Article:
By allowing ads to appear on this site, you support the local businesses who, in turn, support great journalism.
Levee work protecting 20,000
Area southwest of Manteca still needs upgrades
Levee work is now underway along the San Joaquin River near Mossdale Landing in Lathrop. - photo by HIME ROMERO

It was a heavy snowfall – much like the Sierra experienced before Christmas – that set the stage 12 years ago this week.

It was followed by unseasonably warm temperatures for several weeks triggering a premature snowmelt that threatened to overwhelm New Melones Reservoir. That forced heavy releases that met up at Veritas southwest of Manteca with heavy releases as well Friant Dam up on the San Joaquin Valley watershed.

The rising water was too much for the levees protecting rural Manteca and Tracy to handle the volume. It started with one boil on the Stanislaus River levee. Before it was over, there were nine breaks that ended up flooding 70 square miles, damaging more than 800 structures, forcing 4,000 people to flee, and ultimately caused $80 million worth of damages.

By contrast, the biggest recorded flood in modern South County history started in 1950 with unusually severe rain storms over a three-week period. It caused flooding west of present-day Interstate 5 in Lathrop. Flood waters threatened San Joaquin County Hospital and came within four miles of downtown Manteca. There were 2,000 people evacuated. Today, if the same flooding occurred, it would force 20,000 people to flee.

The odds of either scenarios happening – at least to Lathrop, Weston Ranch and a small portion of area to the southwest of Manteca – will diminish significantly in 2010. That is when Reclamation District 17 is expected to complete over $11 million in upgrades to the levee running from Mossdale Crossing to French Camp Slough.

A majority of nearly 4,000 home owners in Lathrop, Weston Ranch and the extreme southwest edge of Manteca approved a $37 tax assessment to strengthen levees.

The assessment will raise $1 million over five years.

The money allowed the district to secure a $10 million U.S. Army Corps of Engineers grant to improve flood protection for a large swath of land generally west of Interstate 5 from Mossdale north to Weston Ranch and a large chunk of the developed portion of the City of Lathrop.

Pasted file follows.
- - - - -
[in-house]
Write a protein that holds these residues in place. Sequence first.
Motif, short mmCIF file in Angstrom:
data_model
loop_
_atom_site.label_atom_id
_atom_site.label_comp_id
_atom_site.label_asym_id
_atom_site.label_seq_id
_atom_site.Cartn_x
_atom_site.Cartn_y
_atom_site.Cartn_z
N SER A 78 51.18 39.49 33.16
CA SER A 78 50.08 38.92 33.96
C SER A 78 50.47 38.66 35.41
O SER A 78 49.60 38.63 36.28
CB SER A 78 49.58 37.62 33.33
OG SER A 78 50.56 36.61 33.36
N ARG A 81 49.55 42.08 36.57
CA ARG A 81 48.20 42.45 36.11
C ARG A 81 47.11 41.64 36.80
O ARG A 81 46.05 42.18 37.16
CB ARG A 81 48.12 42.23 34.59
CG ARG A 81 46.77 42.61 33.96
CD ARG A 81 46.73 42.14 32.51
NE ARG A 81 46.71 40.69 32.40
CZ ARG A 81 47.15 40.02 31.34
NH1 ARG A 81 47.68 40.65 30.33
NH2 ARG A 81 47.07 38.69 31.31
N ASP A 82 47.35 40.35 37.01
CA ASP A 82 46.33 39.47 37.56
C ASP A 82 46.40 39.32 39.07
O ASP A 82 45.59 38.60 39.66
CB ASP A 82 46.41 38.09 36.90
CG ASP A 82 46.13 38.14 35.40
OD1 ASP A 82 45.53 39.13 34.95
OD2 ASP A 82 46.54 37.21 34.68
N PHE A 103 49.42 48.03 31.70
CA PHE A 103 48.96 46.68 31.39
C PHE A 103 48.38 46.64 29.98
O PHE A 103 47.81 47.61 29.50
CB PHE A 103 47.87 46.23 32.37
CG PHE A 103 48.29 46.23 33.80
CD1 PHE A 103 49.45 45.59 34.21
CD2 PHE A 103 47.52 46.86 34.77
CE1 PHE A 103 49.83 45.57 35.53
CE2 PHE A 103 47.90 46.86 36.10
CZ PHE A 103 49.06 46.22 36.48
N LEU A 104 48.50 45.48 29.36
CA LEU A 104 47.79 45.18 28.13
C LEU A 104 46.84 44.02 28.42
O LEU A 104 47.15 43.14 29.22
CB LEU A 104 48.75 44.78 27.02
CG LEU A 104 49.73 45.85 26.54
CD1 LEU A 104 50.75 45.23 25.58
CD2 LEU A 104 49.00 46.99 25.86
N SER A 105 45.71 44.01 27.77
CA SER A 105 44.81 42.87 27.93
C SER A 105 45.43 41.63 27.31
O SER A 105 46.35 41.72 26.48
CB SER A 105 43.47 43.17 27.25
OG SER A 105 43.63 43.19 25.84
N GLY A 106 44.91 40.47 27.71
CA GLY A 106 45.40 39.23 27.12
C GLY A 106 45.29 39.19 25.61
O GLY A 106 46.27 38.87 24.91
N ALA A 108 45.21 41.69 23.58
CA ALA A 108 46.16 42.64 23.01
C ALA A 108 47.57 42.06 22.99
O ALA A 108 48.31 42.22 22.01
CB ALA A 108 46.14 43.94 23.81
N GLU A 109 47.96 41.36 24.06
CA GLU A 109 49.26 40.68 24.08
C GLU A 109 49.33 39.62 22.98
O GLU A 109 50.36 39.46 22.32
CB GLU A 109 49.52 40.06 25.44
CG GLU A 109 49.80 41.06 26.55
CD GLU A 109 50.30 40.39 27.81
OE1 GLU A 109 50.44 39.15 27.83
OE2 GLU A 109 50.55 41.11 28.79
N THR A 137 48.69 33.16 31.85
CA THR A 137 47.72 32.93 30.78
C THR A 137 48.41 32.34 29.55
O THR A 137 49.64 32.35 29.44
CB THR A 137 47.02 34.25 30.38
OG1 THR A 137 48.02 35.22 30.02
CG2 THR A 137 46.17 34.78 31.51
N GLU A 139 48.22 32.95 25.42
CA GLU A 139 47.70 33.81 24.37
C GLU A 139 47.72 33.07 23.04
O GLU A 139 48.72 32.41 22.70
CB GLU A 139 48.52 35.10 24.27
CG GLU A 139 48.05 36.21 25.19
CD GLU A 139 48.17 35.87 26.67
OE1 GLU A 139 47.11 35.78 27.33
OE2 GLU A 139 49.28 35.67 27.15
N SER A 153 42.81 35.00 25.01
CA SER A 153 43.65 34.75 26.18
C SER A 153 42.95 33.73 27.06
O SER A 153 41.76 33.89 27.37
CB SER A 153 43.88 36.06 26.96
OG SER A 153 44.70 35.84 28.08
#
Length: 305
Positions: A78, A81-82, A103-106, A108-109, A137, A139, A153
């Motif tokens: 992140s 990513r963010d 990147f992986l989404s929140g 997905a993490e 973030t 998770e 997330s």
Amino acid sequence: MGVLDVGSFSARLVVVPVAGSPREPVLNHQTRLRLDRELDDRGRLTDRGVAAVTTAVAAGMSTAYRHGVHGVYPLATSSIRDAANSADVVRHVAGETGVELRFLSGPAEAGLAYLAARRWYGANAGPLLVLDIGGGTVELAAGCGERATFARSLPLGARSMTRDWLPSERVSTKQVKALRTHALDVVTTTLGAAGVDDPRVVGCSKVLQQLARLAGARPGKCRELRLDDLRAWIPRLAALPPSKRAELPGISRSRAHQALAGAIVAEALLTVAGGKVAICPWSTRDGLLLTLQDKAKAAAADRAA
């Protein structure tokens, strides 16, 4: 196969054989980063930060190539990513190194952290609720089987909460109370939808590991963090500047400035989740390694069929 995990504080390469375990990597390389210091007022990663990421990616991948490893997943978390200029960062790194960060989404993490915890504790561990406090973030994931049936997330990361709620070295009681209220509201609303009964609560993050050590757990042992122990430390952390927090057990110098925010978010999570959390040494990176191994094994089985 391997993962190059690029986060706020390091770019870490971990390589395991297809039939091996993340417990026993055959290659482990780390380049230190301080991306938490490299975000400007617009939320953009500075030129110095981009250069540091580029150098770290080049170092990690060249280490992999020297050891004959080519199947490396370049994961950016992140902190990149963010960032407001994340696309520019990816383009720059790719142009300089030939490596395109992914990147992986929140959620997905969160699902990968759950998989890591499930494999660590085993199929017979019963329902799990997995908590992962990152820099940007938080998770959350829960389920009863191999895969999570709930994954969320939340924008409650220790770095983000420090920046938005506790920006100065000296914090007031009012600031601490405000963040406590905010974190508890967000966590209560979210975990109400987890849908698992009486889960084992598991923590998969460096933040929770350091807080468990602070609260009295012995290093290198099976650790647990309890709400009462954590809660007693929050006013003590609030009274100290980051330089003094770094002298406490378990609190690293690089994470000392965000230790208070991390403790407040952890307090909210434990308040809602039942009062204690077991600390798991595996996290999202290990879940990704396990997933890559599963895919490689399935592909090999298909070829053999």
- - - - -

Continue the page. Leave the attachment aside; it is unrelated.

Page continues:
Flood fears closed August Knodt School for several days in 1997. It also prompted Caltrans to “plug” the Highway 120 overcrossing of McKinley Avenue and the Interstate 5 overcrossing of Louise Avenue to turn elevated freeways into secondary levees in the event of a levee failure. Dirt and other material were also dumped at the Lathrop Road undercrossing of Interstate 5 with Caltrans tractors parked nearby if the word was given to create an emergency water wall.

The Army Corps of Engineers spent $2 million to patch the existing levees after the 1997 flooding to restore them to the same condition they were in prior to the failure.

The additional $11 million is being used to build a series of berms next to 21 crucial spots in the levees. The 50-foot long by 4-foot high berms will serve to strengthen the levees if water manages to seep through.

The typical homeowner previously paid $1.75 currently to fund the Reclamation District. Passage of the ballot measure increased the tax by $5.60 to $7.35 for five years. The average assessment over five years would be just under $37.

Farmers previously paid 58 cents an acre. The five-year special assessment added $1.86 to that tax to push the cost to $2.44 per acre for five consecutive years.

River Islands at Lathrop resolved their flood concerns by creating 300-foot wide levees.

Protecting area
southwest of Manteca

The large area southwest of Manteca that flooded in 1997 is not protected by Reclamation District 17 work. Instead, a separate district is moving forward with plans to upgrade levees along the Stanislaus and San Joaquin rivers in that area.

The City of Manteca is exploring the possibility of pursuing levee improvements as far south as Nile Garden School or extending the current levee that parallels Woodward Avenue west of Airport Way and extending it to a point about midway between Union Road and Tinnin Road.

The levee would be 80 feet wide and six feet high to the west of Airport Way, 50 feet wide and four feet high east of Airport Way, and 40 feet wide and four feet high east of Union Road.

Funding would come from property assessment plus development fees and possibly state funds.